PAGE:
On Monday, 18 people participated in a ceremony to commemorate the 54th Massachusetts Volunteer Infantry, one of the most celebrated African-American companies to fight in the Civil War, The Washington Post reported.
"If you look, you'll see that most historians now say that if it wasn't for these black soldiers, the North might not have won the war. These guys were freedom fighters. That's what our people should know . . . and that's why we do this," Mel Reid said in explaining why he participates in re-enactments.
The African-American re-enactor community is much smaller than the wider Civil War re-enactment fraternity; in the 1990s at the movement's peak there were fewer than 1,000 black re-enactors, which is a small fraction of today's predominantly white 50,000 re-enactors overall.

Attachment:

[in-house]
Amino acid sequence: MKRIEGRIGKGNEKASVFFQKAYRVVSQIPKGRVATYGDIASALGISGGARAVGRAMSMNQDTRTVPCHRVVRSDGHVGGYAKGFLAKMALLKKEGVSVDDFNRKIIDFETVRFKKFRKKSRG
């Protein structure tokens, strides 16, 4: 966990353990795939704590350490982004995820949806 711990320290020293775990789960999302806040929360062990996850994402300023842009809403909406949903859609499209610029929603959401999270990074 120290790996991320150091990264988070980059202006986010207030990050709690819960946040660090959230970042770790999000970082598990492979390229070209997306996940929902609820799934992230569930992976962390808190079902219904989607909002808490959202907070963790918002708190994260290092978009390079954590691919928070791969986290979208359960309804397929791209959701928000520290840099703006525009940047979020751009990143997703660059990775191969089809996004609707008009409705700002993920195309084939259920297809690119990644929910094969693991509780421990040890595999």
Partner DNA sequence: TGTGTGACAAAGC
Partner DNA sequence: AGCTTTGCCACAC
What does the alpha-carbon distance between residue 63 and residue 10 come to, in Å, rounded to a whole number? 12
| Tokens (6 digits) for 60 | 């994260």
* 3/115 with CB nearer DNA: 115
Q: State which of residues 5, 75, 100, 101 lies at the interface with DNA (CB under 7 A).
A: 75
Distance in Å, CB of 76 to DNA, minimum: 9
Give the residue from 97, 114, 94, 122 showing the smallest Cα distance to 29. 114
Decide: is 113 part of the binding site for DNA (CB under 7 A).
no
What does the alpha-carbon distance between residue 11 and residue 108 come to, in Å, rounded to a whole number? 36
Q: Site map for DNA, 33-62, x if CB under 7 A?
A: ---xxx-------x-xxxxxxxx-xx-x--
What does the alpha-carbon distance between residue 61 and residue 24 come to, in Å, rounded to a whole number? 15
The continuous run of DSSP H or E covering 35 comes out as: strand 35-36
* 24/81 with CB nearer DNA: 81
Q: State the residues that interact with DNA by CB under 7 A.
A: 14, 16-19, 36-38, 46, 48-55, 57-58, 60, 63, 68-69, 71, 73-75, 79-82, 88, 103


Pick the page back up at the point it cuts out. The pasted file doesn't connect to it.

However, 150th anniversary events are once again rousing black interest, as increased attention is being paid to the 209,000 African-Americans who officially fought in the war, explained Hari Jones, curator of the African-American Civil War Museum.
"What we're hoping is that the 150-year celebrations will help develop more interest among African-Americans and we see more people join," Jones said.
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